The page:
Seeing the flags ripped down produced an instant sense of satisfaction and fulfillment. I had just participated in the textbook example of an effective, efficient protest: peaceful yet forceful and, in the end, effective. The affirmation that the voice of the people and of myself has the potential to make change like that is invigorating to me, and made the rest of the March a much more confident and purposeful affair. It no longer felt like an event that I was just walking through. It felt like I was actually a critical component to a complete arc of change with a beginning, middle, and positive ending.

“It’s about eradicating racism,” said one protestor of the flag removal efforts. “It’s about removing all of these BS signs and flags.”

With that being said, not all the takeaways from that experience are beautiful. There’s still no reason why it took so long for the flag to be taken down (the actual process of ripping took less than 5 minutes each flag), especially since the officers there seemed reluctant to actually take it down until the crowd around the pole swelled to a massive size. Although I learned a lot about the power of ones voice, I also learned that the government is in no hurry to do anything when a small group of people demand something. Action comes faster when the size is large, an ugly reality that is unfair for the millions in our country with genuine issues but not enough support and awareness to raise a significant complaint.

“I would have sat there for a week straight if I had to,” one marcher said after the flag removal. Racism in this country scares me. It felt important for me to sit in solidarity and as long as I needed to until that Mississippi flag came down because it does not symbolize what I believe in,” said one protestor. “I’m a citizen in this country and I don’t want to see the confederate flag flying no matter what.”

And also, our concerns with black cops standing in front of the flag still raises questions for me. So many other white officers could have been out there, because there literally was a row of them on bikes behind the group of marchers. For brief moments, some white cops would pop up and try and help things in order, but it seemed like they only maintained a presence for second or two and then faded into the background. But only four officers were consistent in standing in front of the pole throughout the ordeal, and they were brown skinned. And again, that’d be fine…if only the flag didn’t represent generations of anti-blackness.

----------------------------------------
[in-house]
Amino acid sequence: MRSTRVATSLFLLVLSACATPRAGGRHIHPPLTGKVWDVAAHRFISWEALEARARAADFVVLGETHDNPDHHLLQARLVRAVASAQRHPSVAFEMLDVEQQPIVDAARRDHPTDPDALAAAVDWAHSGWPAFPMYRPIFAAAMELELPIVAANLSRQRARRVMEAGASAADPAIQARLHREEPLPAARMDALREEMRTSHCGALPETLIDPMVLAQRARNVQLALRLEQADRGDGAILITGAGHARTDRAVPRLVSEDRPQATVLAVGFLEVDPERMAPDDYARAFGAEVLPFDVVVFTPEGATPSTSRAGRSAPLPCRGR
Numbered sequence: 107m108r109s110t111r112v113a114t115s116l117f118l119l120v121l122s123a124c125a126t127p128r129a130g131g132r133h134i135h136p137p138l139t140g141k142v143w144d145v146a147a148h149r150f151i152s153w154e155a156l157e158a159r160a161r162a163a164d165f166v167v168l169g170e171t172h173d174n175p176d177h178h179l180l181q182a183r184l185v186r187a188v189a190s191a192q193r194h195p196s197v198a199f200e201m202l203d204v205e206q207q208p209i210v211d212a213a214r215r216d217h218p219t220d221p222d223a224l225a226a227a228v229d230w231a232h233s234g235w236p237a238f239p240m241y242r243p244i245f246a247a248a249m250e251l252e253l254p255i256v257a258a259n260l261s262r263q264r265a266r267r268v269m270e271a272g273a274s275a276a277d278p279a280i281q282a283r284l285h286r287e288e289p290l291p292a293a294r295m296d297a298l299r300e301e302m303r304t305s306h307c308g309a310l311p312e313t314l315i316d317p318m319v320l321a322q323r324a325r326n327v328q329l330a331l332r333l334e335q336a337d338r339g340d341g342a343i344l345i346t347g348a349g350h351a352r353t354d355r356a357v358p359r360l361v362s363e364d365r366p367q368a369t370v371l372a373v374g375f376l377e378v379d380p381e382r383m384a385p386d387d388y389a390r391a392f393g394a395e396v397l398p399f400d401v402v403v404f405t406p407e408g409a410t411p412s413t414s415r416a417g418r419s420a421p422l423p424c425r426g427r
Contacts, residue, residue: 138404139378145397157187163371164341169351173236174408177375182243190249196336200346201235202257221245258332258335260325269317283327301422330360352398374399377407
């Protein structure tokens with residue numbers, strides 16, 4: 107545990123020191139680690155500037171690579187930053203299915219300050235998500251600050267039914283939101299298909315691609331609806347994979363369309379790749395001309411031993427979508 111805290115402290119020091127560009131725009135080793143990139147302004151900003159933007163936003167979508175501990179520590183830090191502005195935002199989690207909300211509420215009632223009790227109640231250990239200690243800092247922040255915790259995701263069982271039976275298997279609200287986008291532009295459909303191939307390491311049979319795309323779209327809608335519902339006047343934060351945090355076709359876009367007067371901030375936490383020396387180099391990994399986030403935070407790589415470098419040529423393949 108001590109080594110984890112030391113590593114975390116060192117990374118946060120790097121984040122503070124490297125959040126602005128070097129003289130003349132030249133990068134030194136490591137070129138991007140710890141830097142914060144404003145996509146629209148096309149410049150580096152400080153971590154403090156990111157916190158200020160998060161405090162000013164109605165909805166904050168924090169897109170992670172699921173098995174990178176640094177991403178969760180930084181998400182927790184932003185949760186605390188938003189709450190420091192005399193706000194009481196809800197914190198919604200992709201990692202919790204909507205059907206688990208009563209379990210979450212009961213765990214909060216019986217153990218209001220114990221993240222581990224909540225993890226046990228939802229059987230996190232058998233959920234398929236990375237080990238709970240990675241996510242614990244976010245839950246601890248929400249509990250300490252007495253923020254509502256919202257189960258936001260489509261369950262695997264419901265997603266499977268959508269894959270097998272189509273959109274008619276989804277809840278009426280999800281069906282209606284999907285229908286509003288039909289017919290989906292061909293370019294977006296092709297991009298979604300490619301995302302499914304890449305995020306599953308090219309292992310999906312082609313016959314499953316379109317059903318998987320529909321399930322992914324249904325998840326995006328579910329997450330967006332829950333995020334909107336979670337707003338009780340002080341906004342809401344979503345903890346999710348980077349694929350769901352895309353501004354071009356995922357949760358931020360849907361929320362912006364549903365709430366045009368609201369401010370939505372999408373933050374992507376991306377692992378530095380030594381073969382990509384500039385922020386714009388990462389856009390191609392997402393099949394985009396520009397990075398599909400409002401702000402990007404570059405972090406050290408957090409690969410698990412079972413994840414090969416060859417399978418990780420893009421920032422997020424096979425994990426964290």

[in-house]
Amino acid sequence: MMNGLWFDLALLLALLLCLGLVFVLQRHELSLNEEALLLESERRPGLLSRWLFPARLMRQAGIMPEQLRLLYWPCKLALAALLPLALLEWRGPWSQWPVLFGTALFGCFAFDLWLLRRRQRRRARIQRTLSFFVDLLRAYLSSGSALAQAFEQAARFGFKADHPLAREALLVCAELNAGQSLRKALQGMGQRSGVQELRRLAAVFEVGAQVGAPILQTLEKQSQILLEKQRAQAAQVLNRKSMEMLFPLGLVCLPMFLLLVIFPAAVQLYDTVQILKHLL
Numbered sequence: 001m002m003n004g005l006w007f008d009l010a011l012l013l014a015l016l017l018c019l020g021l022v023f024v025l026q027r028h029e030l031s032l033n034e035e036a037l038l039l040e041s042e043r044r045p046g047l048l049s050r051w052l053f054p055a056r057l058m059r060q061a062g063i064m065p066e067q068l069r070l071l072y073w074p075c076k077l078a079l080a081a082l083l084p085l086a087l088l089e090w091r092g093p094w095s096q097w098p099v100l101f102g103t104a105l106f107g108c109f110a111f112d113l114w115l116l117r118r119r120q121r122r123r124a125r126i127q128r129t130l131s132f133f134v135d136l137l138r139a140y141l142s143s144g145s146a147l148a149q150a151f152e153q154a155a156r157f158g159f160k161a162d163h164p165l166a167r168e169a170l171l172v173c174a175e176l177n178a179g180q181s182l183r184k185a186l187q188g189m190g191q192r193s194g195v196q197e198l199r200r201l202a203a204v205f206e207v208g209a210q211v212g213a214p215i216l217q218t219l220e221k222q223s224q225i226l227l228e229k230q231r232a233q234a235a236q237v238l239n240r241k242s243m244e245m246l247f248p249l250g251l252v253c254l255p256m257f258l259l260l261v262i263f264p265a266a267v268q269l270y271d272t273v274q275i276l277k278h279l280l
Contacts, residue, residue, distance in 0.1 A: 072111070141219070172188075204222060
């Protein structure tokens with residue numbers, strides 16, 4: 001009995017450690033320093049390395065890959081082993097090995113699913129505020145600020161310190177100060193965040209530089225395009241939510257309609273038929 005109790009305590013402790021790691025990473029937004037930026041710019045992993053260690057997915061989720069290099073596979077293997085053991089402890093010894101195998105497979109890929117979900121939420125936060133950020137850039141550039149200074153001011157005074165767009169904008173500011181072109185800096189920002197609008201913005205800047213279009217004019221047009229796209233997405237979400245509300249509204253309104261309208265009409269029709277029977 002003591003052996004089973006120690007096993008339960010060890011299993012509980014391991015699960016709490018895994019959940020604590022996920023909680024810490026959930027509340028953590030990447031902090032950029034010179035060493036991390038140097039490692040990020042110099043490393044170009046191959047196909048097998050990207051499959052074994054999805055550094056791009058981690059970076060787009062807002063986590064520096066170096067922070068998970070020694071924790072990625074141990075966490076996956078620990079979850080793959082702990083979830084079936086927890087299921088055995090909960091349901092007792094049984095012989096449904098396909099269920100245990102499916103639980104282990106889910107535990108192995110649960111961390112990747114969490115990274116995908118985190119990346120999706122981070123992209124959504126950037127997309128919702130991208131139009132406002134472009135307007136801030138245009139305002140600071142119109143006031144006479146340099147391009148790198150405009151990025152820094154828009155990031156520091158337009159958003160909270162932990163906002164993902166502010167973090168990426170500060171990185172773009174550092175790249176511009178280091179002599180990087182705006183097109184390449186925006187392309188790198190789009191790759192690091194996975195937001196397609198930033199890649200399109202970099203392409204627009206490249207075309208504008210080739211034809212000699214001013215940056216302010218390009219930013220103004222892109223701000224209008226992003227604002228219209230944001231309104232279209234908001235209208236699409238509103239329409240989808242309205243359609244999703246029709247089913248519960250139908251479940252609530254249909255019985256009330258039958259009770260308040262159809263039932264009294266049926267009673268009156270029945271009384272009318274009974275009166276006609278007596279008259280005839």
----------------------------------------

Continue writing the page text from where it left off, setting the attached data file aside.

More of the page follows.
“I found it really disturbing that the city would put black police officers in front of the racist flag to protect it when there are plenty of white officers around to do that,” said a protestor. “That flag represents hate and oppression to an entire group of people and it doesn’t belong in society today.”

And, of course, there’s always the question of WHY the Mississippi flag is allowed to fly across the country — (normally) as freely as it does — in the first place. How can we still allow that inferiority symbolism to wave above streets filled with the very people the symbol oppressed? And what must be going through the mind of black officers, who are forced to defend that flag’s presence on the pole?

Excusing those nagging questions, though, the Day 1 march was great. We finished the second half of the march free of stop, and the overall energy from us was more alive and confident than ever. I know for me personally, it was like: ‘I just made change. Why should I stop there?’


So yea. Obviously, the march was the biggest highlight, but wanted to include one anecdote here. At the end of the March everyone assembled at a park near the Wells Fargo Center to continue chanting and rallying. There, in the midst of that positive energy, though, I spotted a Blue Lives Matter sign as well as other conservative-based principles.

Although I was dismayed to see anything relating blue lives matter in that moment, the journalist in me told me to ask the guy  for an interview. I reached out to shake his hand and introduce myself, but he simply looked at me for a split second and then turned around and walked away in silence. I didn’t get to say a word.


The March was an occasion largely for Bernie Sanders supporters to express their frustration with the DNC’s corruption and Hilary Clinton’s nomination. I talked to some of the people I marched with and got some quotes on why exactly they were marching:

“We don’t have a specific goal today except to raise awareness to the fact that this country is no longer a democracy. It used to be a country of the people, for the people, by the people, but the last hope of that was gone during this Democratic primary process.” — a Brooklyn marcher.

“There’s a lot of fear-mongering going on on either side. For Trump, it’s fear of immigrants or terrorism. For the Democrats, it’s fear of Trump. And when you have politics like that, you end up with a party that doesn’t want to make progress. For a lot of us, that’s what Hilary represents. She represents dishonesty, corruption. … The more people who come out and participate in rallies shows that they’re interested and that they want change.” — Brandon from Mount Laurel, New Jersey.

“Donald Trump has made it OK to hate again, and that’s a culture we can’t accept.” — Wesley.

“We’re not going to stand up for what the DNC is doing. They’re turning this country into an oligarchy.” — a marcher.

“The government’s not efficient at meeting the needs and desires of the American people. Currently we’re in a Constitutional crisis.” — Wes from California.

“Today, I want to see how strong and powerful the people are. [The government] has been murdering people left and right, over 600 people killed this year already.” — a marcher.

“Stop corruption. But I don’t believe in politics.” — a marcher.


Check back tomorrow for Day 2!